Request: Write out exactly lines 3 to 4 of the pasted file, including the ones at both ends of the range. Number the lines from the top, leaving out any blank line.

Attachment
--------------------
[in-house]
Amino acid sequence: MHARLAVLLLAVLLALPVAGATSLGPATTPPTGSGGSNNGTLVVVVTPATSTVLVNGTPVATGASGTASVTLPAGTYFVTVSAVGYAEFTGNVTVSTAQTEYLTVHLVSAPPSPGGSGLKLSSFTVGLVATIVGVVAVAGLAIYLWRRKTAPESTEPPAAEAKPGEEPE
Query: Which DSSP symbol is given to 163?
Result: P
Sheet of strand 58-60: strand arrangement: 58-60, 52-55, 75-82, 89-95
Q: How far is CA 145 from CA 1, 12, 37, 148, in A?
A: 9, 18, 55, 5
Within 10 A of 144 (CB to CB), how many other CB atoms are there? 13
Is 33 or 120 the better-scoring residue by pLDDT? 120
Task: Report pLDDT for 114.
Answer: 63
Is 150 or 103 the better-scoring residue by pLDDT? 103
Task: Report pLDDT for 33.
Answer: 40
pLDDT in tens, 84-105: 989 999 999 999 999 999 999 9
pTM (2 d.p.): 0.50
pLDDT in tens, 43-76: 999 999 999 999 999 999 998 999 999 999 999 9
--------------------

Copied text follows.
Query: Which DSSP symbol is given to 163?
Result: P